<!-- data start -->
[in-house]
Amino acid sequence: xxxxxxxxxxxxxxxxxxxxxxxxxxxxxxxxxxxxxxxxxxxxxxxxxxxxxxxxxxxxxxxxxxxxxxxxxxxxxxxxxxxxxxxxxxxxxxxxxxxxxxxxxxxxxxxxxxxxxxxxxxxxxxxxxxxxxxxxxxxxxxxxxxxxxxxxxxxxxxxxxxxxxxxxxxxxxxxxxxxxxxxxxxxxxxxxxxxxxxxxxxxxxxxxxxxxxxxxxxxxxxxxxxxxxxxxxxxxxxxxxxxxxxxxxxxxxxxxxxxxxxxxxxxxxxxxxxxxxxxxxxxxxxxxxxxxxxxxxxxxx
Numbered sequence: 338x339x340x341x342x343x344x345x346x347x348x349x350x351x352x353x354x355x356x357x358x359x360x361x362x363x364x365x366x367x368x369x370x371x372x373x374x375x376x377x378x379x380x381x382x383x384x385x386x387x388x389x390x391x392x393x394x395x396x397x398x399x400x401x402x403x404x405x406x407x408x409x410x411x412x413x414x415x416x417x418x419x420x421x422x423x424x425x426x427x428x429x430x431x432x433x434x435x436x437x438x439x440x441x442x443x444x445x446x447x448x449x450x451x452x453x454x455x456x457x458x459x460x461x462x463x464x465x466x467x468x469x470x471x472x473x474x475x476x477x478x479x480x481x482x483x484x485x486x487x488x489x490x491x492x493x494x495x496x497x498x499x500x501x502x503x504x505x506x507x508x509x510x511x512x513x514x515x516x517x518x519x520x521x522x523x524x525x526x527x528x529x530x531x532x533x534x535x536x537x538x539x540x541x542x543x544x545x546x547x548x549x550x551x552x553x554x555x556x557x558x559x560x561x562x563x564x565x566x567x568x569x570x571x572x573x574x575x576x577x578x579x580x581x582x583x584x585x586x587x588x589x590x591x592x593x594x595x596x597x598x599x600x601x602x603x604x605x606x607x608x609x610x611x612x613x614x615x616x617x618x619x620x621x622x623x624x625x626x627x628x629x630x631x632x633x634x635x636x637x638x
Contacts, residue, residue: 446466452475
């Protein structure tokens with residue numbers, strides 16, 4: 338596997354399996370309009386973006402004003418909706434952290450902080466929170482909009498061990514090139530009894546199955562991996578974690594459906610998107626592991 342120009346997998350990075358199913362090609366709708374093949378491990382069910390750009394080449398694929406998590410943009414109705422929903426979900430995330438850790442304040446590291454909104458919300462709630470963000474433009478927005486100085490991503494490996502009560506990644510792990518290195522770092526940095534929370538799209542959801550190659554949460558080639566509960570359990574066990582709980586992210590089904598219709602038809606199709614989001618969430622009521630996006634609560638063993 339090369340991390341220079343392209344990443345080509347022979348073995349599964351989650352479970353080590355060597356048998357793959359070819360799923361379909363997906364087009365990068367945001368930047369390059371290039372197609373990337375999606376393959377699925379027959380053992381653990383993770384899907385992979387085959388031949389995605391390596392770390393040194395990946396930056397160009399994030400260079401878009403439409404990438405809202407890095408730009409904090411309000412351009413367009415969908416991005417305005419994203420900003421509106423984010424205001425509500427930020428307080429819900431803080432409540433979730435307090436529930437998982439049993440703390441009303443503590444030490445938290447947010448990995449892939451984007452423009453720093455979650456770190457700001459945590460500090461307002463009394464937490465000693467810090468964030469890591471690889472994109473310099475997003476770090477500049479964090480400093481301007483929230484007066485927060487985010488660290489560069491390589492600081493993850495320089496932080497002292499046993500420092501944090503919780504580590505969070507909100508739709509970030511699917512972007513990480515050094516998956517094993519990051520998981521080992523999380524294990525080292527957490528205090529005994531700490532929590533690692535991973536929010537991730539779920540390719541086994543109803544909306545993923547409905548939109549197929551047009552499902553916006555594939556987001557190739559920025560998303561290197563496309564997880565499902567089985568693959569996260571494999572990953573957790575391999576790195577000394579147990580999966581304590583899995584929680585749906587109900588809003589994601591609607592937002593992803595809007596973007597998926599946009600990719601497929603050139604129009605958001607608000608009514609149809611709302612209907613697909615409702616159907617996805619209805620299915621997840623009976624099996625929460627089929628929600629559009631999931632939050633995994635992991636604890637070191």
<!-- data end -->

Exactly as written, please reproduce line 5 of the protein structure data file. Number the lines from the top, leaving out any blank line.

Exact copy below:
């Protein structure tokens with residue numbers, strides 16, 4: 338596997354399996370309009386973006402004003418909706434952290450902080466929170482909009498061990514090139530009894546199955562991996578974690594459906610998107626592991 342120009346997998350990075358199913362090609366709708374093949378491990382069910390750009394080449398694929406998590410943009414109705422929903426979900430995330438850790442304040446590291454909104458919300462709630470963000474433009478927005486100085490991503494490996502009560506990644510792990518290195522770092526940095534929370538799209542959801550190659554949460558080639566509960570359990574066990582709980586992210590089904598219709602038809606199709614989001618969430622009521630996006634609560638063993 339090369340991390341220079343392209344990443345080509347022979348073995349599964351989650352479970353080590355060597356048998357793959359070819360799923361379909363997906364087009365990068367945001368930047369390059371290039372197609373990337375999606376393959377699925379027959380053992381653990383993770384899907385992979387085959388031949389995605391390596392770390393040194395990946396930056397160009399994030400260079401878009403439409404990438405809202407890095408730009409904090411309000412351009413367009415969908416991005417305005419994203420900003421509106423984010424205001425509500427930020428307080429819900431803080432409540433979730435307090436529930437998982439049993440703390441009303443503590444030490445938290447947010448990995449892939451984007452423009453720093455979650456770190457700001459945590460500090461307002463009394464937490465000693467810090468964030469890591471690889472994109473310099475997003476770090477500049479964090480400093481301007483929230484007066485927060487985010488660290489560069491390589492600081493993850495320089496932080497002292499046993500420092501944090503919780504580590505969070507909100508739709509970030511699917512972007513990480515050094516998956517094993519990051520998981521080992523999380524294990525080292527957490528205090529005994531700490532929590533690692535991973536929010537991730539779920540390719541086994543109803544909306545993923547409905548939109549197929551047009552499902553916006555594939556987001557190739559920025560998303561290197563496309564997880565499902567089985568693959569996260571494999572990953573957790575391999576790195577000394579147990580999966581304590583899995584929680585749906587109900588809003589994601591609607592937002593992803595809007596973007597998926599946009600990719601497929603050139604129009605958001607608000608009514609149809611709302612209907613697909615409702616159907617996805619209805620299915621997840623009976624099996625929460627089929628929600629559009631999931632939050633995994635992991636604890637070191």